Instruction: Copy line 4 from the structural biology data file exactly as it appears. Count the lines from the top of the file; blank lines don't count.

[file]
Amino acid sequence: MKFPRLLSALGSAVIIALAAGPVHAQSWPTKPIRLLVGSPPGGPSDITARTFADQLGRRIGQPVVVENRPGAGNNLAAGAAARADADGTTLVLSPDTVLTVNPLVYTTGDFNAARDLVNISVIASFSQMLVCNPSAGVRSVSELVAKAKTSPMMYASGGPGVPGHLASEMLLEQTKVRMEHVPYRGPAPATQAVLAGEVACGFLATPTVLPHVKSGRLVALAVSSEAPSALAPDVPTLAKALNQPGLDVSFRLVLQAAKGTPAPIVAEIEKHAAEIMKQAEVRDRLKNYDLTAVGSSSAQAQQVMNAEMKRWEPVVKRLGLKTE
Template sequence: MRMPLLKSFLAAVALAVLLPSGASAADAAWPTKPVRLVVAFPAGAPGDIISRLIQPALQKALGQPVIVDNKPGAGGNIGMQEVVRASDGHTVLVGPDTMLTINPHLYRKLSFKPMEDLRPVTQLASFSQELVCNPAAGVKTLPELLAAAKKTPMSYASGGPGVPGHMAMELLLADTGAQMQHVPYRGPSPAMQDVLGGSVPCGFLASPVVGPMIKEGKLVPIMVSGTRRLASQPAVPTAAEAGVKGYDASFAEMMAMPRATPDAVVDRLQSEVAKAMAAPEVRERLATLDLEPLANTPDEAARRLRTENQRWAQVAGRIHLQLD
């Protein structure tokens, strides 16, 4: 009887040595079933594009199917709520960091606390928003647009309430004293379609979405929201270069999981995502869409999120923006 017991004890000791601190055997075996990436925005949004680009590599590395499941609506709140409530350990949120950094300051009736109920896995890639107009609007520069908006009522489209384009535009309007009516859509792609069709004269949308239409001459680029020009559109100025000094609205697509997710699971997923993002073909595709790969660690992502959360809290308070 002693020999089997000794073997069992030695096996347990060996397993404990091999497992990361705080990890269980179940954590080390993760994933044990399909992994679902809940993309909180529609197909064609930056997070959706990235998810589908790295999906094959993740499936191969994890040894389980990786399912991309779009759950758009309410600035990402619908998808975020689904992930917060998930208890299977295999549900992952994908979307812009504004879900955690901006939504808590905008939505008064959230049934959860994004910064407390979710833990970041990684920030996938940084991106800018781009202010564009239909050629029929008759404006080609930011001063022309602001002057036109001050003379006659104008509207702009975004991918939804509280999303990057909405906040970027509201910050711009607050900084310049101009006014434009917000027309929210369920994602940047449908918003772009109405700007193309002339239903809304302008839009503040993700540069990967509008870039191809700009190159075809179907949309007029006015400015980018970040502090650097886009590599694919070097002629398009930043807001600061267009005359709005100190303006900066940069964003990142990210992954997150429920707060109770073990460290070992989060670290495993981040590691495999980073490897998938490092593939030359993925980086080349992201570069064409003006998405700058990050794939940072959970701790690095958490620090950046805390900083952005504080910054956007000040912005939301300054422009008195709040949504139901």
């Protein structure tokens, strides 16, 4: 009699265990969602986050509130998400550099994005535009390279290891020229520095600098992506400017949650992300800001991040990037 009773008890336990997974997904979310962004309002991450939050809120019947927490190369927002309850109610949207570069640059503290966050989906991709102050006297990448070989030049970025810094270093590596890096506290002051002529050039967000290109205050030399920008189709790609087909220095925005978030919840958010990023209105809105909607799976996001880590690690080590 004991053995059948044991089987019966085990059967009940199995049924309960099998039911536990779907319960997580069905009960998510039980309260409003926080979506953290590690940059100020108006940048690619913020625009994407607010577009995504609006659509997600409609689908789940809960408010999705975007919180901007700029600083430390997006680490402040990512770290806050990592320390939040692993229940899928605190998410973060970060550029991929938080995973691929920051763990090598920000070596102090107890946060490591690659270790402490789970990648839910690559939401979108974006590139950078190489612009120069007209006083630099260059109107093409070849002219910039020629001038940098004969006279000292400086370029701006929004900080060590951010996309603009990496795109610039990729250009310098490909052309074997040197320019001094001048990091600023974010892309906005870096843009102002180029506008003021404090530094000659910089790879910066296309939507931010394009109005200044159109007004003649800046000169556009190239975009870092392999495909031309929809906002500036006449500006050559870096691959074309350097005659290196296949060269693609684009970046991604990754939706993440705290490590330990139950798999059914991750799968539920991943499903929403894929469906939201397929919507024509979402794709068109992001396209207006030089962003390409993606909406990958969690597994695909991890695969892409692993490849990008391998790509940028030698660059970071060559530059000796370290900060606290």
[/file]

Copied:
């Protein structure tokens, strides 16, 4: 009699265990969602986050509130998400550099994005535009390279290891020229520095600098992506400017949650992300800001991040990037 009773008890336990997974997904979310962004309002991450939050809120019947927490190369927002309850109610949207570069640059503290966050989906991709102050006297990448070989030049970025810094270093590596890096506290002051002529050039967000290109205050030399920008189709790609087909220095925005978030919840958010990023209105809105909607799976996001880590690690080590 004991053995059948044991089987019966085990059967009940199995049924309960099998039911536990779907319960997580069905009960998510039980309260409003926080979506953290590690940059100020108006940048690619913020625009994407607010577009995504609006659509997600409609689908789940809960408010999705975007919180901007700029600083430390997006680490402040990512770290806050990592320390939040692993229940899928605190998410973060970060550029991929938080995973691929920051763990090598920000070596102090107890946060490591690659270790402490789970990648839910690559939401979108974006590139950078190489612009120069007209006083630099260059109107093409070849002219910039020629001038940098004969006279000292400086370029701006929004900080060590951010996309603009990496795109610039990729250009310098490909052309074997040197320019001094001048990091600023974010892309906005870096843009102002180029506008003021404090530094000659910089790879910066296309939507931010394009109005200044159109007004003649800046000169556009190239975009870092392999495909031309929809906002500036006449500006050559870096691959074309350097005659290196296949060269693609684009970046991604990754939706993440705290490590330990139950798999059914991750799968539920991943499903929403894929469906939201397929919507024509979402794709068109992001396209207006030089962003390409993606909406990958969690597994695909991890695969892409692993490849990008391998790509940028030698660059970071060559530059000796370290900060606290």